Color Coding Musical Notes
It is possible to assign colors to each note in an octave. This original abstract painting by Oglesby was conceived & painted by color coding the notes of first half of 4th movement of Beethoven’s 9th Symphony, and displaying them in the form of a traditional God’s eye design.
God’s Eye: Ojo de Dios
A God’s eye (in Spanish, Ojo de Dios) is a spiritual and votive object made by weaving a design out of yarn upon a wooden cross. Often several colors are used. They are commonly found in Mexican and Mexican-American communities, among both Indigenous and Catholic peoples.
Ojos de Dios are common in the Pueblos of New Mexico. Often they reflect a confidence in all-seeing Providence. The spiritual eye of the Ojos de Dios is thought by some believers to have the power to see and understand things unknown to the physical eye. During Spanish colonial times in New Mexico, from the 16th to the 19th centuries, Ojos de Dios (God’s Eye) were placed where people worked, or where they walked along a trail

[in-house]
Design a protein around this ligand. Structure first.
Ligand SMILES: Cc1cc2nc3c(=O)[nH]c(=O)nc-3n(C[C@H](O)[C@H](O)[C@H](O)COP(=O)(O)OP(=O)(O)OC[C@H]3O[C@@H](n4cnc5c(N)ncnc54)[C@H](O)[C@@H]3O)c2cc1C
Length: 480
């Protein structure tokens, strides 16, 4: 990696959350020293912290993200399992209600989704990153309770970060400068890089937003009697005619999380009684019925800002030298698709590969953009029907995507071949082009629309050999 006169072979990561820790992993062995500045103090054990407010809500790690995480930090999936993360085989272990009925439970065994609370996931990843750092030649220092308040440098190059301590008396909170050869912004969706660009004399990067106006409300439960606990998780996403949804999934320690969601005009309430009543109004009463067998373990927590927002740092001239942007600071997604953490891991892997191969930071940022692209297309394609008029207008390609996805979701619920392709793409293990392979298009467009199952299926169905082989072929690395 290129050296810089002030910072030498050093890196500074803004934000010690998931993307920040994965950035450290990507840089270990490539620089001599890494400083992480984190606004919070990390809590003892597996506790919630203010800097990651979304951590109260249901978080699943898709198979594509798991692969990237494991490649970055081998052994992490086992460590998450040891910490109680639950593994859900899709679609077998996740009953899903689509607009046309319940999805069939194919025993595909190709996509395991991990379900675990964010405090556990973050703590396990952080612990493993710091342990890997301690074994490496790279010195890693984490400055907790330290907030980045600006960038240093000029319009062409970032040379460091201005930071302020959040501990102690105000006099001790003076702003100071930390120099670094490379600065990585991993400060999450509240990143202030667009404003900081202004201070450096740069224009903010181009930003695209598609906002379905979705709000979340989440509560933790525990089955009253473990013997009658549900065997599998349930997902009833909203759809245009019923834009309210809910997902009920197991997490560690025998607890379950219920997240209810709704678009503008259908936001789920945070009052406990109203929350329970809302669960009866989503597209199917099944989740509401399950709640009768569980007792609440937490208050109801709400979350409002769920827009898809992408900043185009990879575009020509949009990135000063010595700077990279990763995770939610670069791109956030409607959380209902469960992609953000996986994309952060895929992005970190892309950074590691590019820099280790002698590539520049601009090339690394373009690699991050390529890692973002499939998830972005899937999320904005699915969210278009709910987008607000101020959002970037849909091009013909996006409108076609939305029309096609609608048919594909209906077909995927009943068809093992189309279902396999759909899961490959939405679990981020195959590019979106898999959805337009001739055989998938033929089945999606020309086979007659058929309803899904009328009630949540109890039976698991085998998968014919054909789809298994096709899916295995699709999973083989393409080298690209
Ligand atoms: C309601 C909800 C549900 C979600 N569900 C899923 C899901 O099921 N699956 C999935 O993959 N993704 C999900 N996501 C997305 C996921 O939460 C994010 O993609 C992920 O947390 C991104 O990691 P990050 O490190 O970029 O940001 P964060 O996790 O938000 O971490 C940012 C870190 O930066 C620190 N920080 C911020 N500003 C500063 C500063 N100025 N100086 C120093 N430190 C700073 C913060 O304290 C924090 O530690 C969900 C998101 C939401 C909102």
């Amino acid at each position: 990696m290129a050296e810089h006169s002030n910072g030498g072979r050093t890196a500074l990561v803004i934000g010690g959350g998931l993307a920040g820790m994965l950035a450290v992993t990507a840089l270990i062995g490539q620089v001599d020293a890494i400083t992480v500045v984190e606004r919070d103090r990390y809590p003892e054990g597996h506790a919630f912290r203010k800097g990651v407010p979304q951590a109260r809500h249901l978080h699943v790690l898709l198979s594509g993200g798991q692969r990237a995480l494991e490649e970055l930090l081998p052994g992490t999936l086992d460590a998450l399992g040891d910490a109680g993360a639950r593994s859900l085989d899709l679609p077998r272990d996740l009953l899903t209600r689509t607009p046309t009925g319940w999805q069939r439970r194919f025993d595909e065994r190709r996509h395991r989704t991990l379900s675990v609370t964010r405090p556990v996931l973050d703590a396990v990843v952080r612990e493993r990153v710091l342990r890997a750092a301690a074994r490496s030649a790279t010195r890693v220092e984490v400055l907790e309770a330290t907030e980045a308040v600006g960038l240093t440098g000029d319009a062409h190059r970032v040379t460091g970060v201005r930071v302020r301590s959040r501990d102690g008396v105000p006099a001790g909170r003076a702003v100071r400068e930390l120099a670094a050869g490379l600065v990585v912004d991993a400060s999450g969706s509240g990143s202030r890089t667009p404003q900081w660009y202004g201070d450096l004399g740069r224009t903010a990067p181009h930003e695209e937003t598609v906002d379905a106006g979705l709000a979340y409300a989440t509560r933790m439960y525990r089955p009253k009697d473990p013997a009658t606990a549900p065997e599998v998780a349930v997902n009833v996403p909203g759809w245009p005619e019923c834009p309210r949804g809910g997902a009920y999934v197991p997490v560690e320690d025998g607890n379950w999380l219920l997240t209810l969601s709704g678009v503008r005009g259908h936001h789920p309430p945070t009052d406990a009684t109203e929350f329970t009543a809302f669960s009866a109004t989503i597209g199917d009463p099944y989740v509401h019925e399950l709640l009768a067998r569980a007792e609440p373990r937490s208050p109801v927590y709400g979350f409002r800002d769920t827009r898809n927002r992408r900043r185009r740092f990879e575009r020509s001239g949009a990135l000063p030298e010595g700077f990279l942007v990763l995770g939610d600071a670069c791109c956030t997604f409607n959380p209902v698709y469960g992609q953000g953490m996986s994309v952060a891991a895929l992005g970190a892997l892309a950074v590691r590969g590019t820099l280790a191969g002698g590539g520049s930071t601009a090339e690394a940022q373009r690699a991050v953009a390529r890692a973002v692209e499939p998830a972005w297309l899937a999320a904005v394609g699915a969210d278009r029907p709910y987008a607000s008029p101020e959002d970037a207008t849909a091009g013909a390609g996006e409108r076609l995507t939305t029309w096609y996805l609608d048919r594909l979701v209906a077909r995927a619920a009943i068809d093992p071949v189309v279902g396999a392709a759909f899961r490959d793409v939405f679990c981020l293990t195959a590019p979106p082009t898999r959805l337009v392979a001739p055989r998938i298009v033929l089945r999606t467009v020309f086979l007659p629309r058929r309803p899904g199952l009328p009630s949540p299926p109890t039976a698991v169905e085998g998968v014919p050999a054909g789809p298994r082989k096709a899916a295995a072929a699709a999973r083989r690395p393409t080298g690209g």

The Ojo de Dios or God’s eye is a ritual tool that was believed to protect those while they pray, magical object, and an ancient cultural symbol evoking the weaving motif and its spiritual associations.
“Ode to Joy” is the English name of a German poem by Friedrich Schiller best known for its use by Ludwig Von Beethoven in the final (fourth) movement of his Ninth Symphony , completed in 1824.